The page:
More importantly still, these moves were not one-off events: the momentum has lastingly shifted from London to continental Europe. We observe a steady shift, which shows no sign of losing steam. Combine this with the strength of some key sectors of our economy; the result is that Paris now stands as the first stock market capitalisation in Europe, ahead of London.3

Whatever your field of activity, you will find in Paris a convenient and safe harbour, with all facilities and fast speed train connections to other major cities, in Europe and beyond. It has also attracted regulatory bodies, which can only be viewed as comforting neighbours after recent turmoil elsewhere. The EBA (European Banking Authority) moved to Paris in the wake of Brexit, thereby joining ESMA (European Securities and Markets Authority). Having a "regulatory hub" will facilitate cooperation between European agencies, in a world that requires such enhanced cooperation between authorities. In addition, French national regulators are recognised for their credible action, and for being at the cutting edge of technological developments, as Geoffroy Goffinet from the ACPR will develop in more detail.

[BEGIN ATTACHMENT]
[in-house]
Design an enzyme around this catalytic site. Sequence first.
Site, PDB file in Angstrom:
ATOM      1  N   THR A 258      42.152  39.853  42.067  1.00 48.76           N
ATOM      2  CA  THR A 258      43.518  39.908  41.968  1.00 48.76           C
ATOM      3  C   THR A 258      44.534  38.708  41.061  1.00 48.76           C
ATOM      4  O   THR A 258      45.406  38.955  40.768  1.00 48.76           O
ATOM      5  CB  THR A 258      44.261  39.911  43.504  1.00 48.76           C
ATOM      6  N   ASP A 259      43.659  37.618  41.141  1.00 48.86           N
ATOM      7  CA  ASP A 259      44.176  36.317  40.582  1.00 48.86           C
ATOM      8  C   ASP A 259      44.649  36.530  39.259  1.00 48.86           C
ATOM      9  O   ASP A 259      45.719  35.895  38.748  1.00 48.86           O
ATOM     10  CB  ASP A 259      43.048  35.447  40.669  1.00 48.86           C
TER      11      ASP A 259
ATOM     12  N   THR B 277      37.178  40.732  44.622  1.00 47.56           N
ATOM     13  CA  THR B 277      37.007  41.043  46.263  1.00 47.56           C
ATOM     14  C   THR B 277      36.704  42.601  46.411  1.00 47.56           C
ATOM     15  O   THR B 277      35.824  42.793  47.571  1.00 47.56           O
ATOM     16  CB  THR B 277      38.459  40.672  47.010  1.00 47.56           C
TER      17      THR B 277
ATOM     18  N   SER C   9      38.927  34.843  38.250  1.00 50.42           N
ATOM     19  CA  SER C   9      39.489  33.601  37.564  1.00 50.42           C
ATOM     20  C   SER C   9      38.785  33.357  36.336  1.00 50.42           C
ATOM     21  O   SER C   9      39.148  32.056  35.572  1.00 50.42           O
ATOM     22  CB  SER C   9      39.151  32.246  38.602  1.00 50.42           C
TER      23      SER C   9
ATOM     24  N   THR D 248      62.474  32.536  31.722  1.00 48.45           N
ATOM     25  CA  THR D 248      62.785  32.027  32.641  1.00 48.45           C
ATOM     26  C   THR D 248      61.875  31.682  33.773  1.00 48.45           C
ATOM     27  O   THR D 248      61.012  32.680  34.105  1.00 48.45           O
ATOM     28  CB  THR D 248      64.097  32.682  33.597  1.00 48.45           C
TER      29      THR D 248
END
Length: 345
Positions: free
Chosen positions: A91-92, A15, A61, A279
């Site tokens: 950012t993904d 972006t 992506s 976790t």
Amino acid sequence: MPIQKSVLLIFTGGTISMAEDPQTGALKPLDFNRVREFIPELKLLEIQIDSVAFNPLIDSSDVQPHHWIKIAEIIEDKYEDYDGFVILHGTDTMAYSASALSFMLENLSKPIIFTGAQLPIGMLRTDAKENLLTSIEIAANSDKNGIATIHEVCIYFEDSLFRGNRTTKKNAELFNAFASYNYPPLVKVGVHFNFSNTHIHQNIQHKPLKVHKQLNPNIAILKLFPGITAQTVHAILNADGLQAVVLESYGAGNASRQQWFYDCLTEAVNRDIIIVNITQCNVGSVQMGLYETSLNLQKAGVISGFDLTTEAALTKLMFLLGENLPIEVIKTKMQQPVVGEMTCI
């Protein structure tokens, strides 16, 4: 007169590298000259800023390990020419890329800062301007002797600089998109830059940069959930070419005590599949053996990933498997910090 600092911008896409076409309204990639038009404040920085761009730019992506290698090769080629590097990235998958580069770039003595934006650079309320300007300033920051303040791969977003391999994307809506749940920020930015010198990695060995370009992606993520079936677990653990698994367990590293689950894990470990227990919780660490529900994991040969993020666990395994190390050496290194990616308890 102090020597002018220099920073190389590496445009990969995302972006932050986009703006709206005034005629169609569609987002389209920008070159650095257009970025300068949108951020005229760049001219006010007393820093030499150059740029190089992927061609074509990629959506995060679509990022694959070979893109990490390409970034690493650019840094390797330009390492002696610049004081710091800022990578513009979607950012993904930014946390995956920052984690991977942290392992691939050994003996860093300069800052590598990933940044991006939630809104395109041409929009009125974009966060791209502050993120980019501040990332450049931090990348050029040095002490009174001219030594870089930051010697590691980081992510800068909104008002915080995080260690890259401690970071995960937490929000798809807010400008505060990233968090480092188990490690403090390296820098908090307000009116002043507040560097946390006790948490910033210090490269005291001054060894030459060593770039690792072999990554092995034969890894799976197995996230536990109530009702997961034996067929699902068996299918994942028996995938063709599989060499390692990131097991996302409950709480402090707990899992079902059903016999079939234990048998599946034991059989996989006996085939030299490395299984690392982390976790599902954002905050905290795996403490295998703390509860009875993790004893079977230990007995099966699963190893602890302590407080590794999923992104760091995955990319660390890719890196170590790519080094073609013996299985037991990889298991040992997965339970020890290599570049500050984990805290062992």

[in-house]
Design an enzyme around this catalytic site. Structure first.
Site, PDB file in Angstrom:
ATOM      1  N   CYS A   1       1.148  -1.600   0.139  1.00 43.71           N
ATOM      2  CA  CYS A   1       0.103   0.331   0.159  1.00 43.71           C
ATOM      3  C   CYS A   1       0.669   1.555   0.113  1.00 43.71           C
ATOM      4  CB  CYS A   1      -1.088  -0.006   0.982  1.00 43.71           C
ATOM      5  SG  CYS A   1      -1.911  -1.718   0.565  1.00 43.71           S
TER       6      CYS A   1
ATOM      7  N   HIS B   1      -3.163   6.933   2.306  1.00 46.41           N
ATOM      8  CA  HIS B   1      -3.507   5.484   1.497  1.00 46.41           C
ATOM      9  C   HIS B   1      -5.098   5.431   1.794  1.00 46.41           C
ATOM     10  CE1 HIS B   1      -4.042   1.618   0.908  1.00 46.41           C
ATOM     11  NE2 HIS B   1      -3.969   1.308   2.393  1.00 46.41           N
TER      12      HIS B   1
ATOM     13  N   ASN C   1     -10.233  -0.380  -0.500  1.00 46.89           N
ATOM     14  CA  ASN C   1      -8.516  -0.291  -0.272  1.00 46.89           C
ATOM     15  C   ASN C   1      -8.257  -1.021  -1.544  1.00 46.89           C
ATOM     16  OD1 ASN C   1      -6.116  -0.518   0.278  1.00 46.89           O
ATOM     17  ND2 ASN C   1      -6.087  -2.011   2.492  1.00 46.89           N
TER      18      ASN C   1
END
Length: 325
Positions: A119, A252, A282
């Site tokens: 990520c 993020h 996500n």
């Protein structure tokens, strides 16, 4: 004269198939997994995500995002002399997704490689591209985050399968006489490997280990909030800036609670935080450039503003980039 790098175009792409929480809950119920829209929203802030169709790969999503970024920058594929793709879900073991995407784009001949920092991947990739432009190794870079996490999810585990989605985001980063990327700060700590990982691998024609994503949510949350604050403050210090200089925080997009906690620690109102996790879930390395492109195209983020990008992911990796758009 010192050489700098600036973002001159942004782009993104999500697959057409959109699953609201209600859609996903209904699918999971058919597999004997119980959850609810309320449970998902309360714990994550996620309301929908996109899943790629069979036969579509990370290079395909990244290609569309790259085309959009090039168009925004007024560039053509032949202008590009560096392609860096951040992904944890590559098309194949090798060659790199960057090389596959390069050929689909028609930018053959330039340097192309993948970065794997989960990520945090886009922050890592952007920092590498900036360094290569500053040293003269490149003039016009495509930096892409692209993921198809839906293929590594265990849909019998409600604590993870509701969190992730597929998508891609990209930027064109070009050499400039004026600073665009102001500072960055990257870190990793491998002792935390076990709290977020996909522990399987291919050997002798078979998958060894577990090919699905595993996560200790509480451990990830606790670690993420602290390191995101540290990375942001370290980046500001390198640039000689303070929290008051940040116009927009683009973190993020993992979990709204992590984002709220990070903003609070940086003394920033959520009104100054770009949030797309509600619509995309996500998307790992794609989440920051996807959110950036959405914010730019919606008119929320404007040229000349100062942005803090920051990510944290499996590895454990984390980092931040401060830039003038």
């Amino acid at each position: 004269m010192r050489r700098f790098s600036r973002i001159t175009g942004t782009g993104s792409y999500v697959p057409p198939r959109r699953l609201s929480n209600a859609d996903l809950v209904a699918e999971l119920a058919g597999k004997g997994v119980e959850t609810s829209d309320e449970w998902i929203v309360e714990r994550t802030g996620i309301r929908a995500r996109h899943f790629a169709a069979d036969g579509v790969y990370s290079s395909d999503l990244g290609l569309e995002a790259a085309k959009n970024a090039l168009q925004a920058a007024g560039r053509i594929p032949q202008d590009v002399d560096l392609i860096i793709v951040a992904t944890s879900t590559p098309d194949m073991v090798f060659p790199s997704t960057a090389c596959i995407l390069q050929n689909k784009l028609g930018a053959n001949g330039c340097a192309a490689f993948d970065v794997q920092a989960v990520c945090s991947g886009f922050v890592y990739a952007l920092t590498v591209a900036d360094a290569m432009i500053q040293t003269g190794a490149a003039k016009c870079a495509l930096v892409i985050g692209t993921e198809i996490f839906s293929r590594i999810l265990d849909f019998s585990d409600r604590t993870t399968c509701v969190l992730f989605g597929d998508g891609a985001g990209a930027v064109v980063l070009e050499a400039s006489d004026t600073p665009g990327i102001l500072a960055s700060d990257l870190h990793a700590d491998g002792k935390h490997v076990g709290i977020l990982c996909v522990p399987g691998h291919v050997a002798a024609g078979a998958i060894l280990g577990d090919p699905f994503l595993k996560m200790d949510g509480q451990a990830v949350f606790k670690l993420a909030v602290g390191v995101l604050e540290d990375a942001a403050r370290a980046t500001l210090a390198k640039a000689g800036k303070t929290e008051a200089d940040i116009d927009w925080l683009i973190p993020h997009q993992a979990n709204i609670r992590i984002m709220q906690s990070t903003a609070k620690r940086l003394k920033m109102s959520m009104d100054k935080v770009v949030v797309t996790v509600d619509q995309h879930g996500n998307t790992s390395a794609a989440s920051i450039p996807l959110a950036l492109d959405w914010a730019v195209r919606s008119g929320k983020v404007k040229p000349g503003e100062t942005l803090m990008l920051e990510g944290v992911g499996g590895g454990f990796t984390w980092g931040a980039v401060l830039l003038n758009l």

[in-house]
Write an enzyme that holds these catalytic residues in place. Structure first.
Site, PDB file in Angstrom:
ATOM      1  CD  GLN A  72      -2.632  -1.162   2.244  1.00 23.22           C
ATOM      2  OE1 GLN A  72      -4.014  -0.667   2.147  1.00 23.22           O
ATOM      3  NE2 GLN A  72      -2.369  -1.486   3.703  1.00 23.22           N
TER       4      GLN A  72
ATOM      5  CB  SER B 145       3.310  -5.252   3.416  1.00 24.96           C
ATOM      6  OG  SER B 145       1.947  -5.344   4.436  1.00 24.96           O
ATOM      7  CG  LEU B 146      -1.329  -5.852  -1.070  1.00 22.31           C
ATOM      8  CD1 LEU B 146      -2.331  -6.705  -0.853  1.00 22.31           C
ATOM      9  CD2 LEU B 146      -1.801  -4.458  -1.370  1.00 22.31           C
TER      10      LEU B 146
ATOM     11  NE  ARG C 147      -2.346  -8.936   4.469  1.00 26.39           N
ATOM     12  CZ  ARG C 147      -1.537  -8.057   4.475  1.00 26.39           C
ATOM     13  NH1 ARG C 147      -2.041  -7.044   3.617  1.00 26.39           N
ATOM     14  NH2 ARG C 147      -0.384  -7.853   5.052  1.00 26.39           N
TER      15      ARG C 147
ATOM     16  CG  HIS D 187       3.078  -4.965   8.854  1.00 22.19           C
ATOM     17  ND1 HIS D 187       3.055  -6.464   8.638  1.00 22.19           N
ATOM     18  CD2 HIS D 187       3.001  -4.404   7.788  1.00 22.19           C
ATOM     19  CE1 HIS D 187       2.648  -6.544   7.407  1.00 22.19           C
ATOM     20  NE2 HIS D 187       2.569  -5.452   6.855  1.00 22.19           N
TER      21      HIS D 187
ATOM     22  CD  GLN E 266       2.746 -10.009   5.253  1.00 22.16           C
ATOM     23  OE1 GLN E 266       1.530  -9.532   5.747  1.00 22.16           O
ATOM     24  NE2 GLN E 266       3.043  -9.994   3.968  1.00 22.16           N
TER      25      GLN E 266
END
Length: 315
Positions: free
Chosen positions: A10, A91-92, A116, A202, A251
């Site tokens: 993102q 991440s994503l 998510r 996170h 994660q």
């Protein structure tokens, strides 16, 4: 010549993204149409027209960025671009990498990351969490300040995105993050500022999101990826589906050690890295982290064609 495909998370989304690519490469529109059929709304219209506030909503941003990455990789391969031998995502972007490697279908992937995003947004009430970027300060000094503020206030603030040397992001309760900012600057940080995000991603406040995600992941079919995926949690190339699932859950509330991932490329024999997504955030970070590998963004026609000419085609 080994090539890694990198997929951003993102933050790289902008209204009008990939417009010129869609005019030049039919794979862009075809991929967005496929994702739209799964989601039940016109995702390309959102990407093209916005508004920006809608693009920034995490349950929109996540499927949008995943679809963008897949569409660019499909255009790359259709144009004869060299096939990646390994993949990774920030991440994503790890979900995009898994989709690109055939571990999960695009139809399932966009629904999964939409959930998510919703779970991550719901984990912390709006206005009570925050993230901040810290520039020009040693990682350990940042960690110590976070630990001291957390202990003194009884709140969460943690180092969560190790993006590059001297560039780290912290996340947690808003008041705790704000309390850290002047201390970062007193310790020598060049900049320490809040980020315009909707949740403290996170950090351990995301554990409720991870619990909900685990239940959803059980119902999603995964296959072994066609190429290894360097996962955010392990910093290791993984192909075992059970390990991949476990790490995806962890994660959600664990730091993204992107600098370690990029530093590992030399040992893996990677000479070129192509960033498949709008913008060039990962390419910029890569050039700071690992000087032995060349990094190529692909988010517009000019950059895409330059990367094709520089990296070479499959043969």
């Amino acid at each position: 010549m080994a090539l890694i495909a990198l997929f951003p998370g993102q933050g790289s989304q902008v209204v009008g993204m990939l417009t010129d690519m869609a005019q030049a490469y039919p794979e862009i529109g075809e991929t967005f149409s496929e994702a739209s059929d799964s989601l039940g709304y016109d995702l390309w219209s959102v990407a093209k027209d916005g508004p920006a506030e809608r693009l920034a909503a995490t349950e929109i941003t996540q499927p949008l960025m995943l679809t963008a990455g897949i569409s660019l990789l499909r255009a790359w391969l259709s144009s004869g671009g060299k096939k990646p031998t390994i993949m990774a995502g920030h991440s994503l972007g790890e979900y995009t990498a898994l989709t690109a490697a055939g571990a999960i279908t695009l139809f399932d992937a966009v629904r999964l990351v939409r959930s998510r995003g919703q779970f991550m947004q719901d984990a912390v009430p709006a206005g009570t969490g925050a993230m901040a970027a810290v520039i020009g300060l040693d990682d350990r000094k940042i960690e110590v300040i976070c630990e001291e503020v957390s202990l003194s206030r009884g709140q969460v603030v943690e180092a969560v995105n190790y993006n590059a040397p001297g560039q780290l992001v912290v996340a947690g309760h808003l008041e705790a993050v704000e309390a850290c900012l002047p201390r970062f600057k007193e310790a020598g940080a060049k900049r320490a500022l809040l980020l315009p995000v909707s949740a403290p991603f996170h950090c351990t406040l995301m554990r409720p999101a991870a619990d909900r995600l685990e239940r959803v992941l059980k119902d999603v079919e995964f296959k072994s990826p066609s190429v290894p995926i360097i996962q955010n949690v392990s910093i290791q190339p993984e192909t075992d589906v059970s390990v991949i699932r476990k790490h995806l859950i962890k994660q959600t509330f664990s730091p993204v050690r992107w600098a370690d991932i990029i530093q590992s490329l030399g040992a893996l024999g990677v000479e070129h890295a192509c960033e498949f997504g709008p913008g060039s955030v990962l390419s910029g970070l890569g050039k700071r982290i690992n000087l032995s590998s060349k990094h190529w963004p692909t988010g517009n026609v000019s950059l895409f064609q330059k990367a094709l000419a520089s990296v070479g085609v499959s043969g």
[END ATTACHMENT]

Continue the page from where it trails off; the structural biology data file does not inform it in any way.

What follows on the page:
Let me just briefly highlight one last course of action at the Banque de France. We have been a pioneer in central bank digital currency (CBDC): in addition to taking an active part in the work on a potential euro retail CBDC, as early as 2020 we launched a series of twelve experiments on a wholesale CBDC, both for payments and securities settlement. The first nine experiments have been very valuable, and the three experiments underway focus on cross-border payments and tokenised asset settlement4. We are keen to pursue our long-standing partnership with commercial banks, to reconcile innovation and security. 

To conclude, this stay in New York is also the opportunity for me to point out that the Statue of Liberty, which so forcefully embodies our common values, is the fruit of a tight cooperation between France and America. Let this fruitful cooperation carry on throughout the 21st century; we will be happy to welcome you in Paris. I thank you for your attention, and will now leave the floor to Olivier Vigna, deputy CEO of Paris Europlace. 


1 ECB, Macroeconomic Projections, 16 March 2023

3 Bloomberg, 22 March 2023

4 An updated report will be published by the Banque de France within next months. You can already refer to our report published in November 2021 for the key findings from our first nine experiments.